The word ketchup comes from the Hokkien Chinese word kôechiap, referring to a pickled fish brine or sauce. It was used throughout China and Southeast Asia (including Indonesia and Malaysia) to enhance the savory flavor of dishes.

According to, traditional and common ingredients for this fermented paste were fish entrails, meat byproducts, and soybeans.

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Maria Serghiou

As early as 300 BC, ketchup began its transformation when British traders in the 1700s brought it back to Britain. As the British experimented with “perfecting” the sauce, ketchup grew more and more popular. Cookbooks even began to boast all kinds of ketchup recipes.

The once-simple fish sauce now had many different ingredients such as oysters, lemons, mussels, walnuts, and peaches, some of which were boiled down or left to sit with salt. However, it no longer included fish itself.

As long as it was a “spiced sauce” flavored with spices such as cinnamon, mustard seeds, or cayenne, it was considered ketchup.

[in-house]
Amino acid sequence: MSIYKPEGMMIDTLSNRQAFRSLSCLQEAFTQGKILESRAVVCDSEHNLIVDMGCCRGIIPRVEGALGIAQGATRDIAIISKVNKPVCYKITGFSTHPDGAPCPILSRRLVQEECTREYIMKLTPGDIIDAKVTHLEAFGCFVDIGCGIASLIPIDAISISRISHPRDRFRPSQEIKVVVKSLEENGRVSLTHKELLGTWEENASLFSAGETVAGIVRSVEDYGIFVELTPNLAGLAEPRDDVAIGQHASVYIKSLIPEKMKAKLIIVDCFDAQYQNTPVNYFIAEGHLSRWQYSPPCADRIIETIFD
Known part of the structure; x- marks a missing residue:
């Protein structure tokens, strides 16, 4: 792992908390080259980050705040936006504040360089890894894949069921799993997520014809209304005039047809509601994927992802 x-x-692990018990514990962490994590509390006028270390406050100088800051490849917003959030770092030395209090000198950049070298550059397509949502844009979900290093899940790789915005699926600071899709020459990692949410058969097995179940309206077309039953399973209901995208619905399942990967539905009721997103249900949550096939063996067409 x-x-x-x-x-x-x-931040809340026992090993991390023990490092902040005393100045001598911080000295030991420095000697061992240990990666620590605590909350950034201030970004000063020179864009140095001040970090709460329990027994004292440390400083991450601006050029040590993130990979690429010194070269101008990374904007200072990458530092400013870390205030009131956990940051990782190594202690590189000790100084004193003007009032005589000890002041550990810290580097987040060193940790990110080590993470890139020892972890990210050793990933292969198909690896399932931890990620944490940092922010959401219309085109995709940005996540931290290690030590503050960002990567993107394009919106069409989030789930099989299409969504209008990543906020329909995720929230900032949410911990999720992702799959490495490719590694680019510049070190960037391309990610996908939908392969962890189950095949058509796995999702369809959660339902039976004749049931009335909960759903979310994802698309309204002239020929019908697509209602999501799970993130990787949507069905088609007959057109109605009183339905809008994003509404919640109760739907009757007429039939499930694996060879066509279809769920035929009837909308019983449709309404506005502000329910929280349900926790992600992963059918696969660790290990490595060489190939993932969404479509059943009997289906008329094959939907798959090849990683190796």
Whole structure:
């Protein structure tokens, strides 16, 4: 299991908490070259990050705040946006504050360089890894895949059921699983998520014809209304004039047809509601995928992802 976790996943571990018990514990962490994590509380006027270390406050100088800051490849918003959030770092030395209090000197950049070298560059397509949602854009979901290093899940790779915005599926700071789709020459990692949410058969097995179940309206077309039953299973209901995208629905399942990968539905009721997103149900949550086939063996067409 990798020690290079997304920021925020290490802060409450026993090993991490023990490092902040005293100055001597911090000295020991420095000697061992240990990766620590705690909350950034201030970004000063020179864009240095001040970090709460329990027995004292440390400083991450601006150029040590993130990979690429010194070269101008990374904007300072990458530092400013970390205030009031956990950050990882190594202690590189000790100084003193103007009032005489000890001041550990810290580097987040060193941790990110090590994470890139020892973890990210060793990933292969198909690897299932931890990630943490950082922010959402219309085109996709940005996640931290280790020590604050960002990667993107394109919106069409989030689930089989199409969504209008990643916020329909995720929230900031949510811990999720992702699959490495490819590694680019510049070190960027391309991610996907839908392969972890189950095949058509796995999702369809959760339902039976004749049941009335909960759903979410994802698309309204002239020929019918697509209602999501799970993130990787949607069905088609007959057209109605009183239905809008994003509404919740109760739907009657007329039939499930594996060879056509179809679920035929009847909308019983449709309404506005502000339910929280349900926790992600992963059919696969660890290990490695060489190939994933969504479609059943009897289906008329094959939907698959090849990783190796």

But what about the tomatoes?

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Maria Xu

Tomatoes were not incorporated into ketchup until 1812, since tomatoes were often confused with the poisonous nightshade berries found in Britain. Both British and American people were initially resistant to the idea of tomato ketchup, skeptical of tomatoes as a safe food to eat.

Then, in the 1830s, Dr. John Cook Bennett from Ohio declared tomato ketchup as an all-purpose medicine to fight diarrhea and indigestion. By the end of the 1800s, ketchup, with the help of the not-so-trustworthy doctor, took off, appearing in many American households. 

Many companies attempted to commercialize the production of ketchup. But, due to the lack of quality control, it often contained mold, yeast, spores, and bacteria, some of which were deadly.

To make matters worse, some of the ingredients used such as coal tar or preservatives such as boric acid were directly harmful to one’s health.

How Did Heinz Come Out On Top?

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Maria Xu

Out of the many tomato ketchup competitors, Henry J. Heinz emerged triumphant when his chief food scientist G.F. Mason developed a preservative-free ketchup (and thus less-deadly ketchup) for production.

Heinz eventually beat out competitors and established itself as the leading tomato ketchup, its “57” label appearing in the vast majority of American homes.

From its humble Asian origins to its ubiquitous presence today, this tomato-y concoction has found its permanent spot in modern American pantries.